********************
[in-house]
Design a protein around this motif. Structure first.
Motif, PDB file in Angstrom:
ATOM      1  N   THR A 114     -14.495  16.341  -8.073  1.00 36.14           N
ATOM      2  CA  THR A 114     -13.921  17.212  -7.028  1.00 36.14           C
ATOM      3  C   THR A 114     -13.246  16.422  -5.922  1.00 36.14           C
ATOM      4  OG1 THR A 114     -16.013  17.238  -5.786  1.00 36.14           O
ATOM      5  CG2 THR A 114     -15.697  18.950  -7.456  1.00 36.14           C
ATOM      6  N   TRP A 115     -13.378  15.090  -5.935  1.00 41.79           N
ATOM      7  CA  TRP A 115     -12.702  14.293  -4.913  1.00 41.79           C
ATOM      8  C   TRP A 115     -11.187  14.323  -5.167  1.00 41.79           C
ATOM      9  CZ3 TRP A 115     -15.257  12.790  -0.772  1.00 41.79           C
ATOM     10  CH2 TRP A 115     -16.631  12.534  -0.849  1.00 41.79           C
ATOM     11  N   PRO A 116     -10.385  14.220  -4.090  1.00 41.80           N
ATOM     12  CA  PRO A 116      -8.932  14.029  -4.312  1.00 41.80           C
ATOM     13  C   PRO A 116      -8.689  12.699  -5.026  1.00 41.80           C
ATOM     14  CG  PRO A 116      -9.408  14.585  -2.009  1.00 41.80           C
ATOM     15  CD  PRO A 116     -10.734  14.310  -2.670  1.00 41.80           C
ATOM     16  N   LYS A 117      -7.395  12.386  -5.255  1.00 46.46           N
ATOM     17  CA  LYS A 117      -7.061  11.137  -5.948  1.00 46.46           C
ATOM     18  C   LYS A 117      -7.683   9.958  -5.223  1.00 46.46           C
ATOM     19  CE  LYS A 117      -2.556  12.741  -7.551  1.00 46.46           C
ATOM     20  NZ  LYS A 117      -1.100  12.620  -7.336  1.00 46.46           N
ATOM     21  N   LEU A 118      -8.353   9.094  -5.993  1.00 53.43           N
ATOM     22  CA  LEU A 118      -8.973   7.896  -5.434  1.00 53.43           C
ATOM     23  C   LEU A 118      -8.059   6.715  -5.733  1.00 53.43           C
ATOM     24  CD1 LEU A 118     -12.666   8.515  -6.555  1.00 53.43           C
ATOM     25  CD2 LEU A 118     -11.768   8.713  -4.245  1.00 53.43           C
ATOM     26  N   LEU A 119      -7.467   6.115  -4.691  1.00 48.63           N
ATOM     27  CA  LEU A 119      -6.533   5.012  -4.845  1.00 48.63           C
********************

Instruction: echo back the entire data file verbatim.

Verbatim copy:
[in-house]
Design a protein around this motif. Structure first.
Motif, PDB file in Angstrom:
ATOM      1  N   THR A 114     -14.495  16.341  -8.073  1.00 36.14           N
ATOM      2  CA  THR A 114     -13.921  17.212  -7.028  1.00 36.14           C
ATOM      3  C   THR A 114     -13.246  16.422  -5.922  1.00 36.14           C
ATOM      4  OG1 THR A 114     -16.013  17.238  -5.786  1.00 36.14           O
ATOM      5  CG2 THR A 114     -15.697  18.950  -7.456  1.00 36.14           C
ATOM      6  N   TRP A 115     -13.378  15.090  -5.935  1.00 41.79           N
ATOM      7  CA  TRP A 115     -12.702  14.293  -4.913  1.00 41.79           C
ATOM      8  C   TRP A 115     -11.187  14.323  -5.167  1.00 41.79           C
ATOM      9  CZ3 TRP A 115     -15.257  12.790  -0.772  1.00 41.79           C
ATOM     10  CH2 TRP A 115     -16.631  12.534  -0.849  1.00 41.79           C
ATOM     11  N   PRO A 116     -10.385  14.220  -4.090  1.00 41.80           N
ATOM     12  CA  PRO A 116      -8.932  14.029  -4.312  1.00 41.80           C
ATOM     13  C   PRO A 116      -8.689  12.699  -5.026  1.00 41.80           C
ATOM     14  CG  PRO A 116      -9.408  14.585  -2.009  1.00 41.80           C
ATOM     15  CD  PRO A 116     -10.734  14.310  -2.670  1.00 41.80           C
ATOM     16  N   LYS A 117      -7.395  12.386  -5.255  1.00 46.46           N
ATOM     17  CA  LYS A 117      -7.061  11.137  -5.948  1.00 46.46           C
ATOM     18  C   LYS A 117      -7.683   9.958  -5.223  1.00 46.46           C
ATOM     19  CE  LYS A 117      -2.556  12.741  -7.551  1.00 46.46           C
ATOM     20  NZ  LYS A 117      -1.100  12.620  -7.336  1.00 46.46           N
ATOM     21  N   LEU A 118      -8.353   9.094  -5.993  1.00 53.43           N
ATOM     22  CA  LEU A 118      -8.973   7.896  -5.434  1.00 53.43           C
ATOM     23  C   LEU A 118      -8.059   6.715  -5.733  1.00 53.43           C
ATOM     24  CD1 LEU A 118     -12.666   8.515  -6.555  1.00 53.43           C
ATOM     25  CD2 LEU A 118     -11.768   8.713  -4.245  1.00 53.43           C
ATOM     26  N   LEU A 119      -7.467   6.115  -4.691  1.00 48.63           N
ATOM     27  CA  LEU A 119      -6.533   5.012  -4.845  1.00 48.63           C